Bill Curtis: Why doesn't there seem to be enough money in it to get people's attention?
Steve Levitan: Because with economies of scale, you've got a you know, could we if we started today? Could we build all these gas stations? No. It takes a real effort. You tax what you want to stop and you provide incentives for things that you want to move forward. So if we were to to start converting some gas stations into fast charging stations, you would see electric cars becoming even more and more pervasive. Why aren't we doing it? Because it's just not a priority for this for this government yet.
Ed Larsen: Well, there are certain things that petroleum is better at doing. It's always going to be used for plastics. It's always gonna be used probably for jet fuel for a long time. There are lots of other possible uses. If you go to places like northern Europe, people don't use gas for cars. They use natural gas and natural gas, the carbon footprint of natural gas is a tiny fraction of the carbon footprint of petroleum. So there are lots of alternatives. Same way with atomic power. It has no carbon footprint,it has certainly got other problems, but it's got no carbon footprint. So you have countries like Sweden making heavy use of it. And there the result is they have a much lower carbon footprint. So there are a lot of things that can be done and could be done economically at scale.
Bill Curtis: And locally, by the way, we have huge resources for natural gas here, don't we?
Ed Larsen: America's the Saudi Arabia, as they say, of natural gas. So you have these alternatives, but you have an established infrastructure that people have invested in. And therefore, those people who have invested in that infrastructure, who already own the oil, who already have the pipelines, they have a vested interest in keeping it the way it is. And therefore, they will throw their money around in Congress and in other places to get tax subsidies and get support.
Bill Curtis: Getting back to the climate change. And I don't know why this is controversial. It seems kind of obvious. We even clean up our own house once in a while. We like it to be clean and well kept. And I'm surprised that there's anyone who thinks we shouldn't do that with the world that we live in.
Jane Albrecht: There's a ton of good reasons to protect the environment. There's almost every good reason to do it and no good reason not to do it. So, you know, to the extent you have people in Congress and others that just say, I don't believe in climate change. Well, list all the other reasons to do it. It's sort of a no brainer that you want clean water, you'd like clean air, and you'd like not to use up your environment in such a way that there's not resources available tomorrow for it.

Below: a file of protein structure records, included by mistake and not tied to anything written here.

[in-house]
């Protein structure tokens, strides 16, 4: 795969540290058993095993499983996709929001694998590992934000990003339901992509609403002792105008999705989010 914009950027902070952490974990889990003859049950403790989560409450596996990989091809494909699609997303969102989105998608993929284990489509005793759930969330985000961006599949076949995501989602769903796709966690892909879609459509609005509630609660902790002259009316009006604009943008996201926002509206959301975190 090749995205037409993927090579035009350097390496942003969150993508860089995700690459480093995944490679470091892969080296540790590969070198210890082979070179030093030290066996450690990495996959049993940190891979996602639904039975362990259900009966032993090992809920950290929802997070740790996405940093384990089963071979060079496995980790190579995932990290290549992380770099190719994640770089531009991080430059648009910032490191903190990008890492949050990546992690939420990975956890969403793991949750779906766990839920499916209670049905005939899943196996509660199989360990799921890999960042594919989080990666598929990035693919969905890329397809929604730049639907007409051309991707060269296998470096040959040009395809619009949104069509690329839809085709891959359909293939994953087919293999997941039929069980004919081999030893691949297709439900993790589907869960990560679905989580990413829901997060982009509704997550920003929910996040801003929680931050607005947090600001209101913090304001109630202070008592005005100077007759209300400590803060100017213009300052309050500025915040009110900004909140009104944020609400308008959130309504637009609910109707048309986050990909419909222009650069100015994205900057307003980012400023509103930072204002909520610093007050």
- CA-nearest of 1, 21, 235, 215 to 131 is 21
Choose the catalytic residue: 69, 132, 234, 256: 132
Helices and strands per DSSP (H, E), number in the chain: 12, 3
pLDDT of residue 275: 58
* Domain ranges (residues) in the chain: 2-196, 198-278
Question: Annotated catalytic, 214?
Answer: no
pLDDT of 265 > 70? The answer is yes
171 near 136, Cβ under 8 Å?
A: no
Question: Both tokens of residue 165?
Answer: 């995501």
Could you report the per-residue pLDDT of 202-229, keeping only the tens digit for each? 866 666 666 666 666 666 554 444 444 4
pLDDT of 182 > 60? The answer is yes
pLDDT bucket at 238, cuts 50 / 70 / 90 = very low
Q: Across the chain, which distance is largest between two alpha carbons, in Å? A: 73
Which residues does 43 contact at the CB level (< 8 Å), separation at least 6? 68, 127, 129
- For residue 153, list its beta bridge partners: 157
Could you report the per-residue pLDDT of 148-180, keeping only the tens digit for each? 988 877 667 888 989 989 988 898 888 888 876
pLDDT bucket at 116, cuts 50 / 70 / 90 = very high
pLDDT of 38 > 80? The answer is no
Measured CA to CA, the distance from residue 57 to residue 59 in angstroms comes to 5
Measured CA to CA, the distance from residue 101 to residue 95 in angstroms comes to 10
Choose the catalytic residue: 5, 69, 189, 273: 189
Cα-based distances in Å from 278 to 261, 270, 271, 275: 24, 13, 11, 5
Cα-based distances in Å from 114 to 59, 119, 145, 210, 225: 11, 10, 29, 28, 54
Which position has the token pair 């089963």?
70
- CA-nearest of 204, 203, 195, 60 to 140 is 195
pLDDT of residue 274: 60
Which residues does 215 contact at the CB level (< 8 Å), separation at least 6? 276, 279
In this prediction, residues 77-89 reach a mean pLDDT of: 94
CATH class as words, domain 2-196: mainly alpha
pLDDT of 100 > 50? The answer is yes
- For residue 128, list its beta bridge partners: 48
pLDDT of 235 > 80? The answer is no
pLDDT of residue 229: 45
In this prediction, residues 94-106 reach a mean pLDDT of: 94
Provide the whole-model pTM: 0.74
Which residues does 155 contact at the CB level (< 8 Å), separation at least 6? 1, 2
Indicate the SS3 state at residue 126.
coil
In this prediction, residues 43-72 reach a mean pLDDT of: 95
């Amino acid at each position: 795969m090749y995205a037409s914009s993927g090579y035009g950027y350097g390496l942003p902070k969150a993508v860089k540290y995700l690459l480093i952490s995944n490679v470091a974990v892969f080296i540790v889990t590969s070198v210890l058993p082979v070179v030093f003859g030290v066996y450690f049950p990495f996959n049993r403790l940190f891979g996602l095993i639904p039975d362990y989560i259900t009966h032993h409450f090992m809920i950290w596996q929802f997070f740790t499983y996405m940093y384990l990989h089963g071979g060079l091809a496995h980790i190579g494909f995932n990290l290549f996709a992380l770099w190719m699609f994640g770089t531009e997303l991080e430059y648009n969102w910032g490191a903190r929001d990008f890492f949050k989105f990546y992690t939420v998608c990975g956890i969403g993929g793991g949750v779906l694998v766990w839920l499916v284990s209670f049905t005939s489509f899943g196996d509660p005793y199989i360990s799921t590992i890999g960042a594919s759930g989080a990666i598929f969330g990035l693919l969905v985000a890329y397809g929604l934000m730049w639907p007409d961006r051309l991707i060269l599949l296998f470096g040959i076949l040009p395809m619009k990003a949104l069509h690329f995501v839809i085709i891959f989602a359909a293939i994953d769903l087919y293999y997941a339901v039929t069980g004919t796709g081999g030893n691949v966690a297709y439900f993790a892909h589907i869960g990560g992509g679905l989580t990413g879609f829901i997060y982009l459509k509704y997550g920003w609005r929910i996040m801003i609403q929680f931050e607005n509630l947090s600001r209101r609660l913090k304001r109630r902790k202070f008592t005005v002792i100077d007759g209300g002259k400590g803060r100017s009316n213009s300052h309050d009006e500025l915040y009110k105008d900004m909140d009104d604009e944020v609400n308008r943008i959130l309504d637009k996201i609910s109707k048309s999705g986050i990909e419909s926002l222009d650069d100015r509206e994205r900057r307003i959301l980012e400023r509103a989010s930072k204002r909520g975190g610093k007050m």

Ed Larsen: But the very companies that are pushing the bandwagon for there's no climate change are making their own internal plans based on the idea that there is climate change. They know there's climate change. They know that the Arctic is opening up. They know the changes that are coming.
Bill Curtis: They're just not accepting that man has anything to do it. Well, I think they are in denial.
Ed Larsen: I think they are interested in their own bottom line. They have the oil fields. They had, they're invested in this material. So they're going to keep promoting that as long as they can. It's just in their self-interest. And the point is, climate change is twenty years out for a for major effects and therefore, people push it off.
Bill Curtis: Well, we're going to leave it there for today. We've all used a word, kind of as a transition word. It's complicated, many times. Well, it turns out it really is complicated. Ed, we've got a lot to do. The two party system, electoral college, blending of church and state, the environment, we've got so much to cover in future episodes of Meet Me in the Middle. Steve and Jane, I hope you'll join us here again. You've been spectacular. And to everyone listening. Thanks for joining. I'm Bill Curtriws. And again, next week, I'll ask you to meet me in the middle.
Bill Curtis: If you like what you heard, please help us by telling your friends. And of course, subscribe to Politics. Meet me in the Middle so you don't miss our next argument. And if you have time, please leave a review. It really matters to us. You can also check us out at Curtco.com. Curtco.com. This episode of Meet Me in the Middle was recorded at Curtco Media's Malibu Podcast Studios and was produced and edited by Mike Thomas. Audio engineering was by Michael Kennedy and our theme music was composed and performed by Celeste and Eric Dick.